A few reviews for books that didn’t quite work for me but hopefully will find their intended reader
Paper or Plastic by Vivi Barnes
Release date: February 3, 2015 – Goodreads
Source: ARC provided by Entangled Teen in exchange for an honest review.
Welcome to SmartMart, where crime pays minimum wage…
Busted. Alexis Dubois just got caught shoplifting a cheap tube of lipstick at the local SmartMart. She doesn’t know what’s worse—disappointing her overbearing beauty-pageant-obsessed mother for the zillionth time…or her punishment. Because Lex is forced to spend her summer working at the store, where the only things stranger than the staff are the customers.
Now Lex is stuck in the bizarro world of big-box retail. Coupon cutters, jerk customers, and learning exactly what a “Code B” really is (ew). And for added awkwardness, her new supervisor is the totally cute—and adorably geeky—Noah Grayson. Trying to balance her out-of-control mother, her pitching position on the softball team, and her secret crush on the school geek makes for one crazy summer. But ultimately, could the worst job in the world be the best thing that ever happened to her?
My thoughts: Paper or Plastic is a cute story filled with great messages about family and responsibility, but never really took off for me. The romance was sweet but kind of blah and I did have issues with Alexis’s *friends*. They’re not really all that great IMO. Especially Court (who instigates the trouble in the first place then bails) & Bryce (who never really gets called on his bullsh*t). Why does she stay friends with them?
The ending was kind of far fetched and seemed like a way to rush to the tidy ending but if you’re looking for a lighter read with interesting characters with normal teenage struggles, this might be the book for you.
Sick by Tom Leveen
Breakfast Club meets The Walking Dead as a group of unlikely allies tries to survive a deadly outbreak.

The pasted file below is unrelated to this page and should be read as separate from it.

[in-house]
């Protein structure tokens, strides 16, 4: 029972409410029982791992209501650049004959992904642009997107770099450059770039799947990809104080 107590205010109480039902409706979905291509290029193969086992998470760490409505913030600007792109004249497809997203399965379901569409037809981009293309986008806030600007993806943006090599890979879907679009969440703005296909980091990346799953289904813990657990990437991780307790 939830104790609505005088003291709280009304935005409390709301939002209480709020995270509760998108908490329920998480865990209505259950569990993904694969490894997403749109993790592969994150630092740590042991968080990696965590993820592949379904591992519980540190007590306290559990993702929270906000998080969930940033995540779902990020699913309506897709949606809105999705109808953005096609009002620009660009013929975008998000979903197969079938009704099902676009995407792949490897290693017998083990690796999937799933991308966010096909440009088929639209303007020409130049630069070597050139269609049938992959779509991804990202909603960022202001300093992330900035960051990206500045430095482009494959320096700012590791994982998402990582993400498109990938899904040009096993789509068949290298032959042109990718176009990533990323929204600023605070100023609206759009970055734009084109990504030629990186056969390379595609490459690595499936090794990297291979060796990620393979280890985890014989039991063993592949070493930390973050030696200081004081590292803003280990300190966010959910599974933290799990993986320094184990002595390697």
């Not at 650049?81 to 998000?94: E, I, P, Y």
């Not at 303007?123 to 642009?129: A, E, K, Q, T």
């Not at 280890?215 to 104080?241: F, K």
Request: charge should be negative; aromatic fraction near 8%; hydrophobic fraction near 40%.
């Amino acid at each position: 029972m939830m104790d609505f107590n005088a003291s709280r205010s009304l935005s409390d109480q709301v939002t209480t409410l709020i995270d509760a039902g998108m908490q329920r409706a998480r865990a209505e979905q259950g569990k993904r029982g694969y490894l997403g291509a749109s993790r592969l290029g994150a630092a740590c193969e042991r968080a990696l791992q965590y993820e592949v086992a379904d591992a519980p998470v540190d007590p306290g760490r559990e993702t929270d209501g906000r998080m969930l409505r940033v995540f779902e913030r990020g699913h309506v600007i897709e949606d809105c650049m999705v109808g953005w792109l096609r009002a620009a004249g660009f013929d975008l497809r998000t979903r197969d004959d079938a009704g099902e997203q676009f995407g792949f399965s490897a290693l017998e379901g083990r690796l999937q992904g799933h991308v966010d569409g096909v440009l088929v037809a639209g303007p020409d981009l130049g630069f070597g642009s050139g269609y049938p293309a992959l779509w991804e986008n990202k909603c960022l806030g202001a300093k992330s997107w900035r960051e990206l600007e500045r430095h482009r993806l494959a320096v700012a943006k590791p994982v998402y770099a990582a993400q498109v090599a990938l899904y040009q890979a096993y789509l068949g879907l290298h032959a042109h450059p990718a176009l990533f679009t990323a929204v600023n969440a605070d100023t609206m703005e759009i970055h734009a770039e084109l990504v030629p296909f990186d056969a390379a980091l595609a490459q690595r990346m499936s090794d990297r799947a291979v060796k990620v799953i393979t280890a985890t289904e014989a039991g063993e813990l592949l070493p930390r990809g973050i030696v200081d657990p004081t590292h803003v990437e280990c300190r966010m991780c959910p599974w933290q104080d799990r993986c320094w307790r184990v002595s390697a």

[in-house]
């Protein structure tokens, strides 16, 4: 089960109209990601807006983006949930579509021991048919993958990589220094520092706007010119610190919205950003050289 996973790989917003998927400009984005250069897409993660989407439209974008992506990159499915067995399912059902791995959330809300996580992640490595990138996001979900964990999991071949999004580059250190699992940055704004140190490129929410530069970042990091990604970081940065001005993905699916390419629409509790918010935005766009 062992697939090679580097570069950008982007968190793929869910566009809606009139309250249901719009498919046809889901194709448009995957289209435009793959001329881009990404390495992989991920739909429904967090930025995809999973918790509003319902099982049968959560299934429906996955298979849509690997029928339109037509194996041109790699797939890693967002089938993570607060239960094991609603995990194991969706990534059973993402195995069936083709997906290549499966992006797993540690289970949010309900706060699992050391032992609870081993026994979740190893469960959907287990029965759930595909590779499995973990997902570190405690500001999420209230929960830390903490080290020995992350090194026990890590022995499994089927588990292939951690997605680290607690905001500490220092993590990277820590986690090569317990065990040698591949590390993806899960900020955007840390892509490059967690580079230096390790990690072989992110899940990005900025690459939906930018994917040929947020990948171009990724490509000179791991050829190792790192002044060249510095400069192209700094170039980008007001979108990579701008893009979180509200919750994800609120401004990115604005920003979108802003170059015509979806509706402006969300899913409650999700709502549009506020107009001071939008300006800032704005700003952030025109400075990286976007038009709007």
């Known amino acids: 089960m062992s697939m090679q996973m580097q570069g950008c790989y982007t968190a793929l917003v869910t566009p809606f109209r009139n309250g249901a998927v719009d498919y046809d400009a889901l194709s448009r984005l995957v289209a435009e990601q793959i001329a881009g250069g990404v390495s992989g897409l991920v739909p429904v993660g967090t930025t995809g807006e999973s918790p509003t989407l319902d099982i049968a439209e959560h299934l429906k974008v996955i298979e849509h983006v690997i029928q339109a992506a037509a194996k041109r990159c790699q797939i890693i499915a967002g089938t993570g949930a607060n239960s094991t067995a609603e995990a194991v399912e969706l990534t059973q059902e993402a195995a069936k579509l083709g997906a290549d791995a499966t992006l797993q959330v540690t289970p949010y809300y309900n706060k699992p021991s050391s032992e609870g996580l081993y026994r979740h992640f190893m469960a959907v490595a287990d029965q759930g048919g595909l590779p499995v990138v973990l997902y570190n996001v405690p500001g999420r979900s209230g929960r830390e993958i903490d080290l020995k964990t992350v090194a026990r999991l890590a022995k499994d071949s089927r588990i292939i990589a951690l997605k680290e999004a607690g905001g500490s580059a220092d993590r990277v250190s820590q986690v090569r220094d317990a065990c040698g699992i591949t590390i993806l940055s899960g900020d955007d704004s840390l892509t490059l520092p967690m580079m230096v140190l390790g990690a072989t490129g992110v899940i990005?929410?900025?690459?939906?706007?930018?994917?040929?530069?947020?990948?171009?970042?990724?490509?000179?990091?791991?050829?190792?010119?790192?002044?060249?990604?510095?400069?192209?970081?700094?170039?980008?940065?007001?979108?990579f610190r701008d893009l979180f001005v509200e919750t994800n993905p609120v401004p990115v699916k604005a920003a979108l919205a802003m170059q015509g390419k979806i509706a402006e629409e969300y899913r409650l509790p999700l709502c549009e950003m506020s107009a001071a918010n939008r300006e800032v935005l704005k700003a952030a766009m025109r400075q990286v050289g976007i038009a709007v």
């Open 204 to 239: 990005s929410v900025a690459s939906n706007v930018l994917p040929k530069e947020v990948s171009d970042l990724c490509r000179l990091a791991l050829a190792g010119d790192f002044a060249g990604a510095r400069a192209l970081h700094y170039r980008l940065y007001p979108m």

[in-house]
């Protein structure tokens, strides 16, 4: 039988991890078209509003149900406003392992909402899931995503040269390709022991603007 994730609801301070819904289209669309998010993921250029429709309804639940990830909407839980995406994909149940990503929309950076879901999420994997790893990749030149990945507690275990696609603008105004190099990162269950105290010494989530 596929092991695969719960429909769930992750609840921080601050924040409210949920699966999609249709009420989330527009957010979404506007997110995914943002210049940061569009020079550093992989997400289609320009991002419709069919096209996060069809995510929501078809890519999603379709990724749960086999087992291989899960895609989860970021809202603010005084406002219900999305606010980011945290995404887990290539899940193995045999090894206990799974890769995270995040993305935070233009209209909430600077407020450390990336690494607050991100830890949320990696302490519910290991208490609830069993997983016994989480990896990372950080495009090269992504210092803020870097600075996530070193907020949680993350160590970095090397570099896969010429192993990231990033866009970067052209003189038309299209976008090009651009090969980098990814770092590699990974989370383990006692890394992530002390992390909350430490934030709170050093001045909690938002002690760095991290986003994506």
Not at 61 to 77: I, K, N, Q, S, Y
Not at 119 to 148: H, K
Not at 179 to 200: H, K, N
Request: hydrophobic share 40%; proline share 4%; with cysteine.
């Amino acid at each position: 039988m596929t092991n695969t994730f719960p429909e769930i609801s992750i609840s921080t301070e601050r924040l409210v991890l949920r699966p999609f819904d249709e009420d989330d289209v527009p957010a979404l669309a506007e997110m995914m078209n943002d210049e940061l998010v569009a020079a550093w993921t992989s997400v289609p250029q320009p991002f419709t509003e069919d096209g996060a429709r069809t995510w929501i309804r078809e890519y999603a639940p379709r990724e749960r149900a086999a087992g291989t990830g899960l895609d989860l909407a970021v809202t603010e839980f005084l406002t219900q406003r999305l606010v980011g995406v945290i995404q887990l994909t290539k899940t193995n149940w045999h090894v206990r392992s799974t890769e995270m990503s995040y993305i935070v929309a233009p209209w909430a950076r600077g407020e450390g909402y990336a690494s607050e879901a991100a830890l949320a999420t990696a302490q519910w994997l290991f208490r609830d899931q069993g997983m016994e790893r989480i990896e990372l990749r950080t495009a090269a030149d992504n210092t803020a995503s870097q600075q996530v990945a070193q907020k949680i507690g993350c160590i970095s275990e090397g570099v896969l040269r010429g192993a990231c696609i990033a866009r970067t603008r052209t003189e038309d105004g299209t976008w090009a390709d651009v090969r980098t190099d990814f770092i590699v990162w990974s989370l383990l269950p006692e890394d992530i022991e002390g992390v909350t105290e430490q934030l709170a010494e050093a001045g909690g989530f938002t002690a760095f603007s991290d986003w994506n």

Brian and his friends are not part of the cool crowd. They’re the misfits and the troublemakers—the ones who jump their high school’s fence to skip class regularly. So when a deadly virus breaks out, they’re the only ones with a chance of surviving.
The virus turns Brian’s classmates and teachers into bloodthirsty attackers who don’t die easily. The whole school goes on lockdown, but Brian and his best friend, Chad, are safe (and stuck) in the theater department—far from Brian’s sister, Kenzie, and his ex-girlfriend with a panic attack problem, Laura. Brian and Chad, along with some of the theater kids Brian had never given the time of day before, decide to find the girls and bring them to the safety of the theater. But it won’t be easy, and it will test everything they thought they knew about themselves and their classmates.
My thoughts: I read a lot of zombie novels so there wasn’t much here that was new or fresh to me. I was hoping for more of the Breakfast Club vibe that was suggested in the synopsis but it didn’t really play out that way. Everything was moving too fast for the relationships to develop that way.
Even so, Sick is a fast paced, gore fest for zombie fans or those who would like to give the genre a try.
A List of Things That Didn’t Kill Me by Jason Schmidt
Goodreads | Source: Arc provided by Farrar, Straus and Giroux in exchange for an honest review
How does a good kid overcome a bad childhood? Jason Schmidt's searing debut memoir explores that question with unflinching clarity and wit, in the tradition of Jeannette Walls’ The Glass Castle.
Jason Schmidt wasn't surprised when he came home one day during his junior year of high school and found his father, Mark, crawling around in a giant pool of blood. Things like that had been happening a lot since Mark had been diagnosed with HIV, three years earlier.
Jason’s life with Mark was full of secrets—about drugs, crime, and sex. If the straights—people with normal lives—ever found out any of those secrets, the police would come. Jason’s home would be torn apart. So the rule, since Jason had been in preschool, was never to tell the straights anything.
A List of Things That Didn’t Kill Me is a funny, disturbing memoir full of brutal insights and unexpected wit that explores the question: How do you find your moral center in a world that doesn't seem to have one?
My thoughts: DNF – I stopped at around the 100 page mark.
I might give it a try again at a later date.
A List of Things That Didn’t Kill Me is a memoir and I do like that the author acknowledges that he is an unreliable narrator at times but then it makes it difficult to understand what is true or not. I did try to approach it as a broader childhood experience rather than specific events. I have many friends who unfortunately had similar experiences growing up.
However, I just couldn't get in to the writing style. There's a story - then we move on. Next story and so on and it feels a little disjointed. Like I said, I might come back to it because maybe I wasn't in the right frame of mind for reading this yet.
From what I did manage to read, I would recommend it to people leading (or that have led) harsh, unconventional childhoods that feel isolated or alone. It may help to read about someone who made it through and out the other side.